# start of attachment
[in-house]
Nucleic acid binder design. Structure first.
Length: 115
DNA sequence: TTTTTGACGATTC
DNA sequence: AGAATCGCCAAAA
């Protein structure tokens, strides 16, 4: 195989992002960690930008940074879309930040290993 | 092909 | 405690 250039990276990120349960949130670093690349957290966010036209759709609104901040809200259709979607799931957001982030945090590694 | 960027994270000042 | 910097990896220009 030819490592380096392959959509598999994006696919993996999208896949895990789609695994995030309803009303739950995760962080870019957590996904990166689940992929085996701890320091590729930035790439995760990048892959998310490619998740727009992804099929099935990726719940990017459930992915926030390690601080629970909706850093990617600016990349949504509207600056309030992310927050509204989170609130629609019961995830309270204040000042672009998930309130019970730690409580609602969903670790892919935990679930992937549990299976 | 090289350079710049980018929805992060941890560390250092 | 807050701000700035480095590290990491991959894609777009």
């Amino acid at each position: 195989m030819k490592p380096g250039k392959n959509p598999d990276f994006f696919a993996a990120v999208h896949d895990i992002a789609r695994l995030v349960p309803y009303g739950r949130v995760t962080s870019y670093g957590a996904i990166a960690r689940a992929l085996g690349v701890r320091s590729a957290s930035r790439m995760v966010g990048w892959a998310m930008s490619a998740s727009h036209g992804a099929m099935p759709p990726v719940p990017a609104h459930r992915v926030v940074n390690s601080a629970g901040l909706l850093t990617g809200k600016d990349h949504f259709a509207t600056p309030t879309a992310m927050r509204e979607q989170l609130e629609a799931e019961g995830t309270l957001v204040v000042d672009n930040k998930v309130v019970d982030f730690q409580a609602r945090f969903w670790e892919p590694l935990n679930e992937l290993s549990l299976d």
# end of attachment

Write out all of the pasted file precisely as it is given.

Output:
[in-house]
Nucleic acid binder design. Structure first.
Length: 115
DNA sequence: TTTTTGACGATTC
DNA sequence: AGAATCGCCAAAA
């Protein structure tokens, strides 16, 4: 195989992002960690930008940074879309930040290993 | 092909 | 405690 250039990276990120349960949130670093690349957290966010036209759709609104901040809200259709979607799931957001982030945090590694 | 960027994270000042 | 910097990896220009 030819490592380096392959959509598999994006696919993996999208896949895990789609695994995030309803009303739950995760962080870019957590996904990166689940992929085996701890320091590729930035790439995760990048892959998310490619998740727009992804099929099935990726719940990017459930992915926030390690601080629970909706850093990617600016990349949504509207600056309030992310927050509204989170609130629609019961995830309270204040000042672009998930309130019970730690409580609602969903670790892919935990679930992937549990299976 | 090289350079710049980018929805992060941890560390250092 | 807050701000700035480095590290990491991959894609777009």
């Amino acid at each position: 195989m030819k490592p380096g250039k392959n959509p598999d990276f994006f696919a993996a990120v999208h896949d895990i992002a789609r695994l995030v349960p309803y009303g739950r949130v995760t962080s870019y670093g957590a996904i990166a960690r689940a992929l085996g690349v701890r320091s590729a957290s930035r790439m995760v966010g990048w892959a998310m930008s490619a998740s727009h036209g992804a099929m099935p759709p990726v719940p990017a609104h459930r992915v926030v940074n390690s601080a629970g901040l909706l850093t990617g809200k600016d990349h949504f259709a509207t600056p309030t879309a992310m927050r509204e979607q989170l609130e629609a799931e019961g995830t309270l957001v204040v000042d672009n930040k998930v309130v019970d982030f730690q409580a609602r945090f969903w670790e892919p590694l935990n679930e992937l290993s549990l299976d």